That uncertainty doesn’t justify randomness, as Privy’s Dave Gerhardt cautions.
Merely “good” teams “do crazy experiments just because ‘that’s what growth teams do’ versus focusing on delivering real, clear business results.”
The ability to pick the right experiments, of course, depends on the range of options your team’s skills and experience can support.
3. Breadth of knowledge, depth of experience
“Potential hires don’t have a 10-year experience that confirms they’ll be great,” concedes Borghesi.
“So, the hardest part is to spot the potential and place a bet. Is the potential hire showing the grit, the flexibility, and resilience that tells you they’ll be able to figure it out along the way?”
At a hard-skill level, it requires T-shaped people. “T-shaped teams,” explains Arnoux, “possess a broad range of skills and knowledge while also being experts in a few specialized fields. T-shaped teams just move faster and smarter.”
T-shaped, at its core, is a commitment to ongoing growth. The T is to show you what to do next, not to congratulate you on what you’ve done.
Great growth people, affirms Gerhardt, have a curiosity that leads them to ask “who else has done this, who are role models, which patterns can we copy, etc.”
“The best marketing teams in the world today,” Joanna Lord told the audience at The Inbounder, “have T-shaped, domain-agnostic talent.”
“This is raising the bar,” Lord continued:
You’re asking every marketer on your team to have deep knowledge across the full funnel—deeply versed in analytics, well-versed in content, well-versed in landing page design, all of it.
The solution isn’t just to learn a platform or channel. It’s a willingness to ask hard questions about how you and your data fit into the rest of the organization. Answering those questions requires you to learn new skills—indefinitely.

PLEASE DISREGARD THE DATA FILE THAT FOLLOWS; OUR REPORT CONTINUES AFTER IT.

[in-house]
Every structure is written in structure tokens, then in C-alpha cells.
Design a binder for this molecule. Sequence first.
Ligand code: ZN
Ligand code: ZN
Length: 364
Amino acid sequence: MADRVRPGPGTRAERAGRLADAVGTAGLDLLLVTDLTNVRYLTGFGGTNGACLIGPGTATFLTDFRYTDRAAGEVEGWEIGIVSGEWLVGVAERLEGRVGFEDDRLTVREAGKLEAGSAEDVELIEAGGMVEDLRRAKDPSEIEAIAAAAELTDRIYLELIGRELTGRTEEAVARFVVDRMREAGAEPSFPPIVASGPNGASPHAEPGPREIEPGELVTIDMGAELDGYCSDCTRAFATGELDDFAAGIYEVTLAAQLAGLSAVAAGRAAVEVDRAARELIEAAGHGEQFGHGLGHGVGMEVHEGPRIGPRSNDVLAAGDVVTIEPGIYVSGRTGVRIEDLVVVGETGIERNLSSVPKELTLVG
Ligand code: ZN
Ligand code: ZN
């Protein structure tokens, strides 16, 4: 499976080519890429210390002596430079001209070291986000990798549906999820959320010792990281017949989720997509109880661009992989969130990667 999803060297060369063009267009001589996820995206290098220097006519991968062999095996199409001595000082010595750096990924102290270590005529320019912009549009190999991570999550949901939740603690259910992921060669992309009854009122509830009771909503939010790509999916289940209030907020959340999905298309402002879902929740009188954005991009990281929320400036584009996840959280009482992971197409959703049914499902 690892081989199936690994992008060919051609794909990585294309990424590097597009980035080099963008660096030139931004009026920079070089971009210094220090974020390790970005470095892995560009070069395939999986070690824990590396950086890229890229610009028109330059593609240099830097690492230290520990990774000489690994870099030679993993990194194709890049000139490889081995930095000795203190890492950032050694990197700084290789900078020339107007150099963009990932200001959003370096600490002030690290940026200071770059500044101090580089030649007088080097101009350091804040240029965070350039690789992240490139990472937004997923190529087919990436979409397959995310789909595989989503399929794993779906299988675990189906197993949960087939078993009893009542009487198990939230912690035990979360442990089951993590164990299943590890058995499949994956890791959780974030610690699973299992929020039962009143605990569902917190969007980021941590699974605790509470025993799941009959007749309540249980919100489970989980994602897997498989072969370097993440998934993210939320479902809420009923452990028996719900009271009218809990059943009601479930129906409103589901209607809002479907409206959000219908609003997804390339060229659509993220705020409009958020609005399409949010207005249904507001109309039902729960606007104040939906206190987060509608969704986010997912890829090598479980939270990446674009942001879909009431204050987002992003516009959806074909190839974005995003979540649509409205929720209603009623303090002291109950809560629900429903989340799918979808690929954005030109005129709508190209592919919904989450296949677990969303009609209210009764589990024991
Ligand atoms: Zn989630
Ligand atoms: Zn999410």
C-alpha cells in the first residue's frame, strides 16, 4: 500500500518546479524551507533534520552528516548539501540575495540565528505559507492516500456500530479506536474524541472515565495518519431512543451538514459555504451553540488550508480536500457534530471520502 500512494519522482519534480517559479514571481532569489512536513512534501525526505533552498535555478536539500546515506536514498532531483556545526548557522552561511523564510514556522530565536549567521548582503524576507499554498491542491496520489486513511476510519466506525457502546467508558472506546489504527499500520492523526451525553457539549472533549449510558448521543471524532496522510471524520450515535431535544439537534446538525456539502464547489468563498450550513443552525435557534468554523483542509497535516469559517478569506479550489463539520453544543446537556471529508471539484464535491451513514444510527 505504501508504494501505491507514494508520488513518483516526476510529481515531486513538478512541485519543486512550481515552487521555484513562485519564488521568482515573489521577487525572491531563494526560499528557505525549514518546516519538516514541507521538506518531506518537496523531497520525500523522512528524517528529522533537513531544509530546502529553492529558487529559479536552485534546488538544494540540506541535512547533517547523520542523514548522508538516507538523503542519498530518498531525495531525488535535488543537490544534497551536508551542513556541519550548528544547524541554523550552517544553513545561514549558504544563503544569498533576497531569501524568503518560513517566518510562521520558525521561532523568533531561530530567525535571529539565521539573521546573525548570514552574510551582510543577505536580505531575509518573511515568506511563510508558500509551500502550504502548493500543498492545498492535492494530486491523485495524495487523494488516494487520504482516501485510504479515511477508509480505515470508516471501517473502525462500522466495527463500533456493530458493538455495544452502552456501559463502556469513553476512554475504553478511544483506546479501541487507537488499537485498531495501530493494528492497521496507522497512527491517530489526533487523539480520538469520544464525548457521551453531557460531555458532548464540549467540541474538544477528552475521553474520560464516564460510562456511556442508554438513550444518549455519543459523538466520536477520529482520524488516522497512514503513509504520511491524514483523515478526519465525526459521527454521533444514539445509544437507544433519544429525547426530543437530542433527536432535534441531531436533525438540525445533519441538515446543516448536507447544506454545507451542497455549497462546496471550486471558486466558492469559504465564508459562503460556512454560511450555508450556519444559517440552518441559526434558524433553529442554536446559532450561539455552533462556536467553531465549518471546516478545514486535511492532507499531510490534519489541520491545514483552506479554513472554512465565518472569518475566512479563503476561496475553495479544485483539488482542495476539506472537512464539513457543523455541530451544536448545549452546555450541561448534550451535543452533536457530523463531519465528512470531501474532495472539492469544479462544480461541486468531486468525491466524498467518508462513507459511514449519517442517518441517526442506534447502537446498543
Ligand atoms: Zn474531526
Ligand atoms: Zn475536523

“You can become the best web analyst,” explained Simo Ahava, “but that’s really insignificant when you consider that analytics today is cross-disciplinary. You have financial analytics, you have business analytics, you have behavioral analytics, offline analytics.”
“I can put most of my marketers, any of them, interchangeably into any room,” Lord said, “and they can represent the entire team.” What’s the value of that? “Redundancy,” Lord explained, “helps you run faster than your competitors.”
Which new skills should you prioritize? It varies by company, says Arnoux:
It depends on the industry, the maturity of the product, the regulatory framework, the culture of the organization (including branding, compliance, legal), the business model, the metric they’re focusing on, the length of the sales cycles, and the resources available.
In other words, growth marketing tactics constitute only a fraction of the requisite knowledge.
4. A vision for the big picture
“The company context and the external context (the world) are shifting at a rapid pace,” says Arnoux. That reality is currently in sharp focus. “What the team learned or implemented three months ago,” Arnoux continues, “might not be relevant today. It’s exciting and terrifying at the same time.”
Paddle’s Ed Fry has a ready example. He touts “fully integrated event-based, intent-driven, account-based marketing” as his company’s most successful strategy in 2019.